Blasts From the Past
Why do we play board games? To achieve victory? To bond with friends and family? Recently, companies have taken a cue from the movie and television industries and aim to bring a sense of nostalgia to your game table. Here is a list of games that bring back fond, personal memories to me.
I was ten years old when Power Rangers first came out. I was spending a week up north with my grandparents, and we needed to go shopping. I saw the toy Dragonzord and knew that I had to have it, despite having no idea what it was. Months later, the show aired on TV, and I was instantly hooked. I sold it a few years ago to pay bills, but I still reminisce about the time spent playing with it at their cabin.
This past GenCon, Power Rangers: Heroes of the Grid was released. Play as Kimberly, Jason, Zach, Trini, and Billy as they battle against Rita and her terrible monsters. This game does not wear kid gloves, either. Even the designer has stated that the design team only has a 60-70% win rate. It takes coordination, communication, and smart use of your limited actions.
Growing up, I lived in a Disney household. It wasn’t just because I had two younger sisters. My mom and I both loved the music, the songs that arguably became more well known than the movies they were in. I remember how excited I was when I was chosen to play the trumpet solo in “A Whole New World” from Aladdin in fifth grade, and how disappointed I was when we had to move due to my father’s work.
Now, I can play as some of my favorite characters, the villains, in Disney’s Villainous. Defeat Peter Pan as Captain Hook, help Jafar rule Agrabah, or attempt to satisfy Prince John’s greed. Achieving your objective is no easy feat, however. This worker placement game takes smart card play, careful planning, and a little luck of the draw.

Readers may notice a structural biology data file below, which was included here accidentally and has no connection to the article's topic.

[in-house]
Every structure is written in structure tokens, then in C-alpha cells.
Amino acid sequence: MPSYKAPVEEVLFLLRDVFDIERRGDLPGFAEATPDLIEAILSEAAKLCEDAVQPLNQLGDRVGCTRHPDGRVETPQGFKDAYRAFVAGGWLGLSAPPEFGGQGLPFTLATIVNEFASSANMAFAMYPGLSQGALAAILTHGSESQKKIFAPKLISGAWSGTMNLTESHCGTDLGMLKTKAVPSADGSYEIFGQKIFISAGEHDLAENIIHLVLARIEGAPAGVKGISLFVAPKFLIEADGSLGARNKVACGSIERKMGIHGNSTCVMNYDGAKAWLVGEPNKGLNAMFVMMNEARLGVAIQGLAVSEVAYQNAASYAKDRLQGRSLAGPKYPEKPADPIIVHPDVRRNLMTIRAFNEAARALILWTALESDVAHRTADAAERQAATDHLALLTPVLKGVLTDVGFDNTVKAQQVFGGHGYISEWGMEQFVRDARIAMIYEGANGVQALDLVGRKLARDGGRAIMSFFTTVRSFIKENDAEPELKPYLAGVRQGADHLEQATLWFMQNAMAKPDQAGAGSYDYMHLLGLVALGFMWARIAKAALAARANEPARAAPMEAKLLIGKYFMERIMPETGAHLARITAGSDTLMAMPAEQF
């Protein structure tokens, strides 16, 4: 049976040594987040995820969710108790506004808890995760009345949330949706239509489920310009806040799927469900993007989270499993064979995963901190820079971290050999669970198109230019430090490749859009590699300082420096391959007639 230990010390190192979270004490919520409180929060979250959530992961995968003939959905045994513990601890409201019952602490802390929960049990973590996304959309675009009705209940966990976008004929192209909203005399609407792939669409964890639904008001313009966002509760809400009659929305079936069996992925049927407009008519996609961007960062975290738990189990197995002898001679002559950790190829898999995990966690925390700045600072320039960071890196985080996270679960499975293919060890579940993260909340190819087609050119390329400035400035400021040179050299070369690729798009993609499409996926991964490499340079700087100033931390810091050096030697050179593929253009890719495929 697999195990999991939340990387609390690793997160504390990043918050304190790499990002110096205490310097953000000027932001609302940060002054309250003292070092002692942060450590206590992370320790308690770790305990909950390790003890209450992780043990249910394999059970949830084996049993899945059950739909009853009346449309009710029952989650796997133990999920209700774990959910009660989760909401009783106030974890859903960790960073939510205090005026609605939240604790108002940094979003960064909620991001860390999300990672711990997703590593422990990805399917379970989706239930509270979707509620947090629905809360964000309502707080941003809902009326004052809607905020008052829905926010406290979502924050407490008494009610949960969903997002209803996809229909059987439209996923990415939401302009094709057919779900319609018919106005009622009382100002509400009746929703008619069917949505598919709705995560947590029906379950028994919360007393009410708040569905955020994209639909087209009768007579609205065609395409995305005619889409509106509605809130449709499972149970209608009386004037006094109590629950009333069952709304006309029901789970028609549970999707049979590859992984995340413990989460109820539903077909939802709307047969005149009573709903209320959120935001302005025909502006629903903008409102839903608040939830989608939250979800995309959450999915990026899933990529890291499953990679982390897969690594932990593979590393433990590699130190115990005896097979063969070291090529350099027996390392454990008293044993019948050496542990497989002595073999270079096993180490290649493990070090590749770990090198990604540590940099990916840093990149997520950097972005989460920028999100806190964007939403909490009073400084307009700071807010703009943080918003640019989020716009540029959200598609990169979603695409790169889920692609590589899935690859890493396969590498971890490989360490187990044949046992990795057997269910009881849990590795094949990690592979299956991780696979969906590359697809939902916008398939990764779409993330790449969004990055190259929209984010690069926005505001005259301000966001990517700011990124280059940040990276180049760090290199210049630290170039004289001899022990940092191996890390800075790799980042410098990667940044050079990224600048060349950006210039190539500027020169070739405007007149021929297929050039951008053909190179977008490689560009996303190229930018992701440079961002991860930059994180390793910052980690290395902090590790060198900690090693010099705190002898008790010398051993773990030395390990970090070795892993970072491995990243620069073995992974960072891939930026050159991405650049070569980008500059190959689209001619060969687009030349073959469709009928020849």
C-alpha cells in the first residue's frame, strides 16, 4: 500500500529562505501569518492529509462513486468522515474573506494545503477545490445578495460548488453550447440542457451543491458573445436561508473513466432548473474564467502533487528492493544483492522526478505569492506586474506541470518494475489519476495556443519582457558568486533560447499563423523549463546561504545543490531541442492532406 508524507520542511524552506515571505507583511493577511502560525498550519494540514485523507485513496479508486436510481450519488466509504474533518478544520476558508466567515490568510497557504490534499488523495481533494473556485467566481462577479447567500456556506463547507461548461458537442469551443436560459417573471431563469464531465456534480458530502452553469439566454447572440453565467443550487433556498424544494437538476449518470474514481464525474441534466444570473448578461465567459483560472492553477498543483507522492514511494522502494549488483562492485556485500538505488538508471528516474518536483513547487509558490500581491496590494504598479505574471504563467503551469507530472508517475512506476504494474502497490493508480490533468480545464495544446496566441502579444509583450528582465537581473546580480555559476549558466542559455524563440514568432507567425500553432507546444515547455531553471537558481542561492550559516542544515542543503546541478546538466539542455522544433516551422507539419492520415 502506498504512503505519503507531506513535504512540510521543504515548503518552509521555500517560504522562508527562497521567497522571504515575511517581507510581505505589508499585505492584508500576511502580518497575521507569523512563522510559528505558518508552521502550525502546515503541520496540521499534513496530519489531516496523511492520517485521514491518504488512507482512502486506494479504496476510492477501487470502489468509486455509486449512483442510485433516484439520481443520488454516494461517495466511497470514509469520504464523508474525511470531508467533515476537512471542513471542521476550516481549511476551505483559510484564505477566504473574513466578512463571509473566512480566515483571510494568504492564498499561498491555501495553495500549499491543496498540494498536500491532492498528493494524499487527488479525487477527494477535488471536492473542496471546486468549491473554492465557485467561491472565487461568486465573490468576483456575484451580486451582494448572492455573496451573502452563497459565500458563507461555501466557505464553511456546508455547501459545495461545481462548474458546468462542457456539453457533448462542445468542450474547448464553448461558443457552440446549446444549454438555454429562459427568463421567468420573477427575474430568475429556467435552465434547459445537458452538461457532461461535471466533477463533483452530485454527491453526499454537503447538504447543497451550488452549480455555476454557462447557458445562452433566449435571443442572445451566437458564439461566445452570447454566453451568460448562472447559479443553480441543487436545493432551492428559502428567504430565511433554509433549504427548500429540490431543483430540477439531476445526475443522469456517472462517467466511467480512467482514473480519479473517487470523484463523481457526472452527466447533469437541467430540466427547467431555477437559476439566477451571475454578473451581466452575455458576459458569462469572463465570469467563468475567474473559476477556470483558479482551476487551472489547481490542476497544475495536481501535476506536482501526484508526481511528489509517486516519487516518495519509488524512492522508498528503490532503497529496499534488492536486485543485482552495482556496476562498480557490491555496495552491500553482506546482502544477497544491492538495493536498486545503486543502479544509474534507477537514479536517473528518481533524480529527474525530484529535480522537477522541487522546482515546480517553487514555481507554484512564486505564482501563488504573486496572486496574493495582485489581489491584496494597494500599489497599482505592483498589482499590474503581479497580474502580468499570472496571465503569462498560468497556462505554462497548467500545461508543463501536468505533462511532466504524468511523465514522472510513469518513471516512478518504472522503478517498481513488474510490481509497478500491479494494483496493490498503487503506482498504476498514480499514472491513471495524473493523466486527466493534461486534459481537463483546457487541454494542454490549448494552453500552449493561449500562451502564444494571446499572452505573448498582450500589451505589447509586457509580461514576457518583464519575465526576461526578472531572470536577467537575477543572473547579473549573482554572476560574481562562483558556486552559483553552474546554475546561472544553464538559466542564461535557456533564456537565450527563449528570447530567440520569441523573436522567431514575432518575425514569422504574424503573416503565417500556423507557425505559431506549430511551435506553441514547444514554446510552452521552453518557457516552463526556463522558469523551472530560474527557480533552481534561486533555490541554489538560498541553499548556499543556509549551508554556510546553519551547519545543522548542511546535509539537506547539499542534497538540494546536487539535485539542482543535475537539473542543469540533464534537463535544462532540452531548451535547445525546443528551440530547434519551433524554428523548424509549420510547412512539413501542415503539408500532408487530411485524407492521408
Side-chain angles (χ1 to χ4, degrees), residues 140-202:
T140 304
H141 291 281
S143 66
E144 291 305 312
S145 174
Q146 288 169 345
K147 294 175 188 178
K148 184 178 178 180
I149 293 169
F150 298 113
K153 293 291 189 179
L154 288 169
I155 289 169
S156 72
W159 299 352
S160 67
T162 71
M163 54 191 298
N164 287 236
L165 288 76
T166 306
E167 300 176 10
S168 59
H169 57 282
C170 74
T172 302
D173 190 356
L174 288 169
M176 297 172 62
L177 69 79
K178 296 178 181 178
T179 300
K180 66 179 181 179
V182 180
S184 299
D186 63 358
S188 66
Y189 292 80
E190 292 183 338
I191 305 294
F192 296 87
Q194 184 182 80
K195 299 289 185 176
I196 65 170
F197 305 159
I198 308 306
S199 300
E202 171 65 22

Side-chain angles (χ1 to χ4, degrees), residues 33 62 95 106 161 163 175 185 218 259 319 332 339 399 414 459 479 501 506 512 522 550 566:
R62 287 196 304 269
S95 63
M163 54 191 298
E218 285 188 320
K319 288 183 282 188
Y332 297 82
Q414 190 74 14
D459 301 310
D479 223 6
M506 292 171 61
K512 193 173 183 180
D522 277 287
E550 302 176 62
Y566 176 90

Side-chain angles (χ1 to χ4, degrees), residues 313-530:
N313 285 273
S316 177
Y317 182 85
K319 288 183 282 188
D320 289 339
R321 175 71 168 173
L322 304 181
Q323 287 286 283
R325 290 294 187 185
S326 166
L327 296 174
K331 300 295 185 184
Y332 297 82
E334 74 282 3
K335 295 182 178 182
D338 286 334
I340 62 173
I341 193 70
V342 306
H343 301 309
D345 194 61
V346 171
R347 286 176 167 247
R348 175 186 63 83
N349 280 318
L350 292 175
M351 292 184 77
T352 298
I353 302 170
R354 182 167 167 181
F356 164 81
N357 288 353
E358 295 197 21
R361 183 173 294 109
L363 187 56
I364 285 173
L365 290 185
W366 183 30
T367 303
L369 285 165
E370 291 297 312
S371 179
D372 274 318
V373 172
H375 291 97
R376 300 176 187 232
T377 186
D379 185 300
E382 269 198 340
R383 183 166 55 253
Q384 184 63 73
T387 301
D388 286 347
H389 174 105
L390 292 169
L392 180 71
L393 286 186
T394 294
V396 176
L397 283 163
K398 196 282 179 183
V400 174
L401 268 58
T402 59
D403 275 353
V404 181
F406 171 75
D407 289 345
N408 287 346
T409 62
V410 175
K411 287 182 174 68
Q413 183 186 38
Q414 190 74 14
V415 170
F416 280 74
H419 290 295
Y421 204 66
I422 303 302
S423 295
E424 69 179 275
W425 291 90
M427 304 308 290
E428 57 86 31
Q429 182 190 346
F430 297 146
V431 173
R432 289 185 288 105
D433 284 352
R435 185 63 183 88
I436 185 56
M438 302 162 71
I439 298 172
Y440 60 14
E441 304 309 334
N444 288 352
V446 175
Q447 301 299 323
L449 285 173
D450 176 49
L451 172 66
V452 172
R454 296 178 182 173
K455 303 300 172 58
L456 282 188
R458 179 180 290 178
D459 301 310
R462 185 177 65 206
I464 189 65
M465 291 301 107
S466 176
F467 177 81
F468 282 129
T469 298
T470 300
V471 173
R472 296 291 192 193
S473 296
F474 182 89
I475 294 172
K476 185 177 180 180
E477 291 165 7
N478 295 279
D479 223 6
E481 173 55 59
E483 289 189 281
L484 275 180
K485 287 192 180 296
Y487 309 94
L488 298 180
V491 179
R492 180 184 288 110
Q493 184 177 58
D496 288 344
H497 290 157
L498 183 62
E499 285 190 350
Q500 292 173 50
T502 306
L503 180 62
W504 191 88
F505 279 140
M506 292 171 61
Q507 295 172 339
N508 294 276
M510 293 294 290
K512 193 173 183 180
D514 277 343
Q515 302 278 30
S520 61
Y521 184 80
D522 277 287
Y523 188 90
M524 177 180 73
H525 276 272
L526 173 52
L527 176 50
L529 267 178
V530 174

When I started high school, they offered a unique Literature and History combination. The book assignment would tie in to the historical period we were learning about. Since history roughly began with the dinosaurs, we naturally read Jurassic Park. I had read the book after seeing the movie, but seeing a modern release for a reading assignment was a welcome change of pace. They ended the program a few years later, but I always remember it as a great way to make both courses more interesting.
Dinosaur Island lets each player create their own theme parks. Research dino recipes, obtain DNA, and expand your paddocks to hold more dinosaurs. Make sure to hire ample security too, or else your guests may go extinct. Dinosaur Island combines dice drafting, resource management, and worker placement.
What games bring back similar memories to you?